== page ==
Why is it important for your strategy to be concise and memorable? Because long-winded strategies are short on motivation. And you can't executive a strategy you can't remember.

When judging your strategy, here's a test: Can it fit on your business card?

Before you scoff, take a look at this strategy, on the back of Alan Mulally's business card (autographed copy below). He's CEO of Ford Motor Co. -- maybe you've heard of them?


And maybe you've heard of Mulally's results: Since taking over as CEO in 2006, he turned an annual loss of $17 billion into $2.7 billion profit by 2009 and $8.3 billion profit in 2010.

So you might want to pay attention to his strategy.

Here it is ...

ONE TEAM
People working together as a lean, global enterprise for automotive leadership, as measured by:
 

Customer, Employee, Dealer, Investor, Supplier, Union/Council, and Community Satisfaction

ONE PLAN
  • Aggressively restructure to operate profitably at the current demand and changing model mix
  • Accelerate development of new products our customers want and value
  • Finance our plan and improve our balance sheet
  • Work together effectively as one team

ONE GOAL
An exciting viable Ford delivering profitable growth for all.


Bio: Kevin Donlin can help you grow your business and enjoy the breakthrough results your hard work deserves. If you're interested in boosting your revenues and profits, please click here

Friday, October 28, 2011

Are You Consumptive or Productive?

Look at your calender.

How much time do you spend consuming vs. producing? The ratio determines -- without fail -- how happy and successful you are.

Consuming activities are passive. They include:
  • reading email, 
  • watching TV, 
  • surfing to non-productive web sites, and 
  • answering unexpected phone calls.

Producing activities are proactive. They include:
  • developing marketing promotions, 
  • calling your top 3 clients, 
  • creating new products, 
  • adding new keywords to your Google AdWords account, and 
  • negotiating joint-venture deals.

After consuming, you feel ... empty, guilty, small.

After producing, you feel ... full, happy, big.

Weird, isn't it?

But wait. There's more ....

Here are definitions of two related words: productive and consumptive, courtesy of reference.com:

productive
1. having the power of producing; generative; creative: a productive effort.
2. producing readily or abundantly; fertile: a productive vineyard.


consumptive
1. tending to consume; destructive; wasteful.
2. pertaining to consumption by use.
3. Pathology.
   a. pertaining to or of the nature of consumption.
   b. disposed to or affected with consumption.

Consumption, for those of you too young to remember, used to include these meanings:
a. tuberculosis of the lungs.
b. progressive wasting of the body.


So, how much of your day today was consumptive vs. productive?

You and I have probably never met, but I'll bet it was about 80/20, consumption/production.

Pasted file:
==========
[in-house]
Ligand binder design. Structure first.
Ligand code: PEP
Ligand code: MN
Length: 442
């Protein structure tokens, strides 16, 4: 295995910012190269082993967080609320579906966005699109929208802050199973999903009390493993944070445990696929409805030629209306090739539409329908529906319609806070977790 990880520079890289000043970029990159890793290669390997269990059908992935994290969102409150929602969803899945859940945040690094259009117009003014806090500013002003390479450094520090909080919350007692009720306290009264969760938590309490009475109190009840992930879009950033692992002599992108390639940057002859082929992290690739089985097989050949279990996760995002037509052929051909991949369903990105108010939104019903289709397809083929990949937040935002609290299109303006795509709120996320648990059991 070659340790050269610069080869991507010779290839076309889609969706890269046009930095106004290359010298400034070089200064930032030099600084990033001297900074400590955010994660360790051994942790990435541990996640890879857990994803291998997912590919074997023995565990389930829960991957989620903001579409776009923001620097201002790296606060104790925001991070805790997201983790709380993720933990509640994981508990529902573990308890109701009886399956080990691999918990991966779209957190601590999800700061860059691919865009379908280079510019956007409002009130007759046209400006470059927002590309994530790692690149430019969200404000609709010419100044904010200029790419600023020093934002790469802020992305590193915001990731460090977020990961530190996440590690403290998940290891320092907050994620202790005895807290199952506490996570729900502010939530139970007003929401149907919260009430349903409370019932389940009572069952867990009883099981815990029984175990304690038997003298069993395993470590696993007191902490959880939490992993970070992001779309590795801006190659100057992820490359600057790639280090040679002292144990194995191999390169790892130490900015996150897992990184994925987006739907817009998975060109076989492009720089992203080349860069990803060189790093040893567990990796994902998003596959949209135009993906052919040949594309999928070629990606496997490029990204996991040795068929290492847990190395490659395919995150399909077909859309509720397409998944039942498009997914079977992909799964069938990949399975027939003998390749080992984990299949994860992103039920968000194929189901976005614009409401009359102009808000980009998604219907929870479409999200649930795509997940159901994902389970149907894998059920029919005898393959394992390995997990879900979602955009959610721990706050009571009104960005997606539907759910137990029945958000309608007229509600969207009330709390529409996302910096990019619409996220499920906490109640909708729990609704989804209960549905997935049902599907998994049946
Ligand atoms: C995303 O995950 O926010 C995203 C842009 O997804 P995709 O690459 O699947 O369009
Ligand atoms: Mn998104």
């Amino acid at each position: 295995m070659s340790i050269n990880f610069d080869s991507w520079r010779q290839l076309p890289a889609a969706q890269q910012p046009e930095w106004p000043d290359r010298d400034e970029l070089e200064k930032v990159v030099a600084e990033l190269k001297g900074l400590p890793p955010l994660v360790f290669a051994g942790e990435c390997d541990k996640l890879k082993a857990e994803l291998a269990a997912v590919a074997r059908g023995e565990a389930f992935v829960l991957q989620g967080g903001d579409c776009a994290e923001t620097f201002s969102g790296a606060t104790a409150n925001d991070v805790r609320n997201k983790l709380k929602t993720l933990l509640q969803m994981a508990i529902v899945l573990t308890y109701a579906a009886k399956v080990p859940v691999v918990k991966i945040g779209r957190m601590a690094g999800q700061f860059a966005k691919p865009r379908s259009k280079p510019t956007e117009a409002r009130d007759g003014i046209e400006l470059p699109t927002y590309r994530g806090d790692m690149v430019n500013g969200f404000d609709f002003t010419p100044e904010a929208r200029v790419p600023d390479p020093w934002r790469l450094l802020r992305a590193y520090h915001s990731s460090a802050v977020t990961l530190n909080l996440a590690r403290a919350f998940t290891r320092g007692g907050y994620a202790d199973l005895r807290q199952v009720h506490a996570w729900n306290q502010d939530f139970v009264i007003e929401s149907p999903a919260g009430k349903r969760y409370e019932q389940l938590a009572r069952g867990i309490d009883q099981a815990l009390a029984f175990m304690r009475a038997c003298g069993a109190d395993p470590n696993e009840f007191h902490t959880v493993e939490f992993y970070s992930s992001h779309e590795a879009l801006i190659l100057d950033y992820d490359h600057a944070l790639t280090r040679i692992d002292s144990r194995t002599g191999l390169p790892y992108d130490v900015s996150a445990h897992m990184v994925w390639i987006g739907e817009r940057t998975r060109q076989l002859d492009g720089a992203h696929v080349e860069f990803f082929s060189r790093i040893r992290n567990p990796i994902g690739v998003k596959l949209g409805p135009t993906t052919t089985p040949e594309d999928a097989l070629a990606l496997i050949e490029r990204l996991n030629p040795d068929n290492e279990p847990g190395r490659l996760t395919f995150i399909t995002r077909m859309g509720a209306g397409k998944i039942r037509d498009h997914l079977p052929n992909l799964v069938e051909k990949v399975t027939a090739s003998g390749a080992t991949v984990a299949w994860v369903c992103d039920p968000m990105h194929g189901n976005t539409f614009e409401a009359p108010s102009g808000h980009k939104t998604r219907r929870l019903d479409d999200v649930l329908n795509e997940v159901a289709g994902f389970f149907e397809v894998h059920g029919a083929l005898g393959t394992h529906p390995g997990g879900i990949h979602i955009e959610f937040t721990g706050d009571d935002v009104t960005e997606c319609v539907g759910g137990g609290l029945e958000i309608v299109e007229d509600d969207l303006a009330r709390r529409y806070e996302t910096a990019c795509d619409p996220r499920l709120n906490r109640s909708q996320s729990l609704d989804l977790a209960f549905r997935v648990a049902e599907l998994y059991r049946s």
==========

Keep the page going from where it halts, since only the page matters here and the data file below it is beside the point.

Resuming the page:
Flip that ratio, and change your life.

Bio: Kevin Donlin can help you grow your business and enjoy the breakthrough results your hard work deserves. If you're interested in boosting your revenues and profits, please click here

Tuesday, October 25, 2011

Secrets to Success: 6 Minutes with David Frey

What do I do when I'm out of time or ideas for a blog post?

Interview a very smart person, shut up, and let them talk.

Lucky you -- the smart person I found is my old friend, David Frey.

After picking him up at the Minneapolis-St. Paul airport yesterday (he's in town for a speech), I whipped out the FlipVideo and asked him:

"What's the secret to your success?"

David's answers are worth 6 minutes of your time, I think you'll agree ...



Bio: Kevin Donlin can help you grow your business and enjoy the breakthrough results your hard work deserves. If you're interested in boosting your revenues and profits, please click here.

Monday, October 24, 2011

Is This Card More Valuable Than a Honus Wagner?

Is this card worth more money than a rare, old Honus Wagner baseball card?

You be the judge ...


I'd wager that the aluminum business card above, a gift I received from Harvey Mackay, is worth more than a $2.35-million Honus Wagner baseball card.

It's simple math, really ...

Harvey told me he handed out his innovative card in the late '60s and early '70s. That means:
  • if Harvey's card started conversations that helped him open just 2 new accounts per year from 1968 to 1972 (10 new accounts total) ...
  • and each account stayed with Mackay Envelope for 5 years ...
  • and each account bought an average of $50,000 a year from Harvey ...
  • the total lifetime value of those 10 accounts would be $2.5 million.

Sort of makes you look at your business card a bit differently, doesn't it?

More importantly, it makes you want to invest a little more time and money in designing a business card that stands out from the crowd.

Because, if you play your card right, it could turn out to be more valuable than ...

... a $2.35-million Honus Wagner card.

Bio: Kevin Donlin can help you grow your business and enjoy the breakthrough results your hard work deserves. If you're interested in boosting your revenues and profits, please click here.

Thursday, October 20, 2011

Thank-You Marketing Fumble

File this under: Great idea, so-so execution.

Below is the thank-you note I got in the mail from Uline after placing my first order with them.

Let me say that their service was 100% professional, FAST, friendly, and fair-priced. I will remain a client of them for a long time.

Having said that, the thank-you note falls short of reinforcing the friendly, professional image I had of them in one important way.

Now, look at the note. What did they do wrong?


Answer: This was sent by a machine.